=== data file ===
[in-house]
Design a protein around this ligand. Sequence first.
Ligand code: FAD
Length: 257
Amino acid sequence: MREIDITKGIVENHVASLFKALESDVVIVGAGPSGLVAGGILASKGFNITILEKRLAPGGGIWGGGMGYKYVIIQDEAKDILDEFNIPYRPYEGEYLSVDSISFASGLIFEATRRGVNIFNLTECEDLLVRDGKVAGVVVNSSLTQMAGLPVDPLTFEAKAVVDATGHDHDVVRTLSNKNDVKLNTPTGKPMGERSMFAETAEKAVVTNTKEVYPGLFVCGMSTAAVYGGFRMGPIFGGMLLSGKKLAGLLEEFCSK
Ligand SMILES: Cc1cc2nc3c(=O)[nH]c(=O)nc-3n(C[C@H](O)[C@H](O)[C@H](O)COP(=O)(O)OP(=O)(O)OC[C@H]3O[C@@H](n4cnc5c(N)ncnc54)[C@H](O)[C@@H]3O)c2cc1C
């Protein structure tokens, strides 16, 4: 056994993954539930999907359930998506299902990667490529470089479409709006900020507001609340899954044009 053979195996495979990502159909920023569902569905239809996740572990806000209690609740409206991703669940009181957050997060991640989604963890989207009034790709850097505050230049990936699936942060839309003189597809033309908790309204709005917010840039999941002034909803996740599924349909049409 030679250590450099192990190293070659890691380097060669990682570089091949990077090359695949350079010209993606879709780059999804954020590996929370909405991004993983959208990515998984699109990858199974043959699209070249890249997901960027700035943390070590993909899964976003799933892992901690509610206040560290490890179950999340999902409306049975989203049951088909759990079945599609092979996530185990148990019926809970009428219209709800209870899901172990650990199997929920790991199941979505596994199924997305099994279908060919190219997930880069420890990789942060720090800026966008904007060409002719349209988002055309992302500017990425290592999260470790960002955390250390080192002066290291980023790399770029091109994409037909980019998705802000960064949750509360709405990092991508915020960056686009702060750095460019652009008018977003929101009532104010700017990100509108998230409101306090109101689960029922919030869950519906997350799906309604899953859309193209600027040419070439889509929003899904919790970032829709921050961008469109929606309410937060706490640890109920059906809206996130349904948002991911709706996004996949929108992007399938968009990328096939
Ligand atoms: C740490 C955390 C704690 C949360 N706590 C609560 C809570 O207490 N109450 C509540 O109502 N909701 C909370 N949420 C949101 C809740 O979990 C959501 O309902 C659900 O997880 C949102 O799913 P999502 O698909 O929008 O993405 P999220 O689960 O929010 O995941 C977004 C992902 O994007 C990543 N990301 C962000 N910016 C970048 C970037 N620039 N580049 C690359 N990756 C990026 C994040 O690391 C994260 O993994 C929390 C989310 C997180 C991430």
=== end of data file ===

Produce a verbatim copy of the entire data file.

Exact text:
[in-house]
Design a protein around this ligand. Sequence first.
Ligand code: FAD
Length: 257
Amino acid sequence: MREIDITKGIVENHVASLFKALESDVVIVGAGPSGLVAGGILASKGFNITILEKRLAPGGGIWGGGMGYKYVIIQDEAKDILDEFNIPYRPYEGEYLSVDSISFASGLIFEATRRGVNIFNLTECEDLLVRDGKVAGVVVNSSLTQMAGLPVDPLTFEAKAVVDATGHDHDVVRTLSNKNDVKLNTPTGKPMGERSMFAETAEKAVVTNTKEVYPGLFVCGMSTAAVYGGFRMGPIFGGMLLSGKKLAGLLEEFCSK
Ligand SMILES: Cc1cc2nc3c(=O)[nH]c(=O)nc-3n(C[C@H](O)[C@H](O)[C@H](O)COP(=O)(O)OP(=O)(O)OC[C@H]3O[C@@H](n4cnc5c(N)ncnc54)[C@H](O)[C@@H]3O)c2cc1C
């Protein structure tokens, strides 16, 4: 056994993954539930999907359930998506299902990667490529470089479409709006900020507001609340899954044009 053979195996495979990502159909920023569902569905239809996740572990806000209690609740409206991703669940009181957050997060991640989604963890989207009034790709850097505050230049990936699936942060839309003189597809033309908790309204709005917010840039999941002034909803996740599924349909049409 030679250590450099192990190293070659890691380097060669990682570089091949990077090359695949350079010209993606879709780059999804954020590996929370909405991004993983959208990515998984699109990858199974043959699209070249890249997901960027700035943390070590993909899964976003799933892992901690509610206040560290490890179950999340999902409306049975989203049951088909759990079945599609092979996530185990148990019926809970009428219209709800209870899901172990650990199997929920790991199941979505596994199924997305099994279908060919190219997930880069420890990789942060720090800026966008904007060409002719349209988002055309992302500017990425290592999260470790960002955390250390080192002066290291980023790399770029091109994409037909980019998705802000960064949750509360709405990092991508915020960056686009702060750095460019652009008018977003929101009532104010700017990100509108998230409101306090109101689960029922919030869950519906997350799906309604899953859309193209600027040419070439889509929003899904919790970032829709921050961008469109929606309410937060706490640890109920059906809206996130349904948002991911709706996004996949929108992007399938968009990328096939
Ligand atoms: C740490 C955390 C704690 C949360 N706590 C609560 C809570 O207490 N109450 C509540 O109502 N909701 C909370 N949420 C949101 C809740 O979990 C959501 O309902 C659900 O997880 C949102 O799913 P999502 O698909 O929008 O993405 P999220 O689960 O929010 O995941 C977004 C992902 O994007 C990543 N990301 C962000 N910016 C970048 C970037 N620039 N580049 C690359 N990756 C990026 C994040 O690391 C994260 O993994 C929390 C989310 C997180 C991430």